Digital transformation is not about technology, but people

By Steve Brodrick, Chief Transformation Officer at Alteryx
Steve Brodrick, Chief Transformation Officer at Alteryx
Steve Brodrick, Chief Transformation Officer at Alteryx
Steve Brodrick, Chief Transformation Officer at Alteryx, explains why it is a mistake to think digital transformation is solely about technology

Earlier this year, I attended the OPEX Week World Summit, a forum for change-makers and digital transformation leaders to discuss important topics such as change management, process design, transformation strategy and operational excellence. I was at the event to talk about how analytics and automation can accelerate those efforts and got to speak to dozens of Chief Transformation Officers (CTOs) from a diverse range of industries, including banking, healthcare and even the US military. 

Several recurring themes emerged from these conversations. First, every forward-thinking company is embarking on a journey of digital transformation, and their leaders are looking to leverage the power of analytics to drive this transformation and create value. Second, these companies all face similar challenges, regardless of where they are in their journey. They are all operating in a period of severe economic uncertainty and are attempting to find the right balance between speed and control. And third, they are all thinking about what foundations they need to lay to thrive in the long term, even while battling to survive in the short term.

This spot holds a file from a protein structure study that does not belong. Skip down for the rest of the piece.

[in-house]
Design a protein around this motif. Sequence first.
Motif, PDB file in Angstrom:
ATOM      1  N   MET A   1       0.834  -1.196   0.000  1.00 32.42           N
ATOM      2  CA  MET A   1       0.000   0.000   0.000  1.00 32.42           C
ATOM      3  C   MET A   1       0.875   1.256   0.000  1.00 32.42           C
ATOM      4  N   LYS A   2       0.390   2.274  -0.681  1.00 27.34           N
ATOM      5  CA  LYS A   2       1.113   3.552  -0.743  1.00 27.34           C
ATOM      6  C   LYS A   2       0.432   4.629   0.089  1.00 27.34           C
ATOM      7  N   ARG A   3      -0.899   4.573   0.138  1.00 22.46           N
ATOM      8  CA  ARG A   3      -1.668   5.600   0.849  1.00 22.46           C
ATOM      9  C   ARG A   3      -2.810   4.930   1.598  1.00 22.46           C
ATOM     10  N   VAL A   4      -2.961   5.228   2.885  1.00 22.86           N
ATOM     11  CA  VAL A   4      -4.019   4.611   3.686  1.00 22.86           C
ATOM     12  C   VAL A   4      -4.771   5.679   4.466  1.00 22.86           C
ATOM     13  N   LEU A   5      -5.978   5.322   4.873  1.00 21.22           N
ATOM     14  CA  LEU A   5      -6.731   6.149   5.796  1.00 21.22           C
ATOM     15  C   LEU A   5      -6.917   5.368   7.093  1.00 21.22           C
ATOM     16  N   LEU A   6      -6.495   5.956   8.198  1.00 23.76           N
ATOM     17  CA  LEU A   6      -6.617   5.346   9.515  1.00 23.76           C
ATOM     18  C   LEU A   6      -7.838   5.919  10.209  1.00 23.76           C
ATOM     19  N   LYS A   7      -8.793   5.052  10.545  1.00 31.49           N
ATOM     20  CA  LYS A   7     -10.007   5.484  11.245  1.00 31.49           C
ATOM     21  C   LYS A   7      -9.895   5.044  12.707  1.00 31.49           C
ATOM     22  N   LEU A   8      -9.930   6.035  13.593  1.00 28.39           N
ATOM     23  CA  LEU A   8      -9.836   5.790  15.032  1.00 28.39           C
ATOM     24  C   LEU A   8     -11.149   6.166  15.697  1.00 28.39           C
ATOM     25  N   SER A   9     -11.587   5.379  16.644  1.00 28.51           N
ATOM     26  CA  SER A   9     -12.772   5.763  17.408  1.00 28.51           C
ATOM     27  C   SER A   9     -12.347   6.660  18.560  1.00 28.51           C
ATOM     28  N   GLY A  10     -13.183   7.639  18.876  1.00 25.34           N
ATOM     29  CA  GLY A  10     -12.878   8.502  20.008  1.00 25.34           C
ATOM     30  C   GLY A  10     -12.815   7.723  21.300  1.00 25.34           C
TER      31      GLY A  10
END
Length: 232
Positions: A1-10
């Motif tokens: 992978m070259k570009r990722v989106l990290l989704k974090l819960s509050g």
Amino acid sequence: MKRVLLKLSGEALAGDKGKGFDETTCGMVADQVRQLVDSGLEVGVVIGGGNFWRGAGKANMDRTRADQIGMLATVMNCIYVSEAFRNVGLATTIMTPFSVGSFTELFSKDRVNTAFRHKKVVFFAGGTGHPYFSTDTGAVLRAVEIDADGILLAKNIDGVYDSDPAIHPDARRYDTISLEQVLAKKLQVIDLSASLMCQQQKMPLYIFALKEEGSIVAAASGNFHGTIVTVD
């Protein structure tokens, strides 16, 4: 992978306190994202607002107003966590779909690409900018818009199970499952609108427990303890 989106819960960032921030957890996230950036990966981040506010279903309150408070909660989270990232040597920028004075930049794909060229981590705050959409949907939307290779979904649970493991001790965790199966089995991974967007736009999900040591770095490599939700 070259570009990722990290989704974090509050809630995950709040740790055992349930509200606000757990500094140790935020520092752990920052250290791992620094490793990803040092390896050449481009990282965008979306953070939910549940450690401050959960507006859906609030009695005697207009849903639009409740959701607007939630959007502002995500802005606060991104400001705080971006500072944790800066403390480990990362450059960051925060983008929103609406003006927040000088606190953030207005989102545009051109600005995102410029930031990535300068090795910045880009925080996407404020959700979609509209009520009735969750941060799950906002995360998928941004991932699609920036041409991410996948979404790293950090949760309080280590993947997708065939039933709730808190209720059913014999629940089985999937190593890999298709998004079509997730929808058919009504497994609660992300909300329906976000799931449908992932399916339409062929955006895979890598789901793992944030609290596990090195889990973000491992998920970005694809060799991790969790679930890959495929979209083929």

This resonates with new research released by Alteryx examining the current state of decision-making across global enterprises. The challenging economic situation is forcing leaders to deliver answers at unimaginable speeds, but the current pace of decision-making is holding businesses back: the survey of 2,800 business leaders and decision-makers found that, on average, operational decisions take two days, tactical decisions seven days, and strategic decisions take 20 days. Meanwhile, only 24% of respondents are using advanced technology and analytical tools to help make these decisions more quickly and efficiently. Change and transformation is needed now more than ever.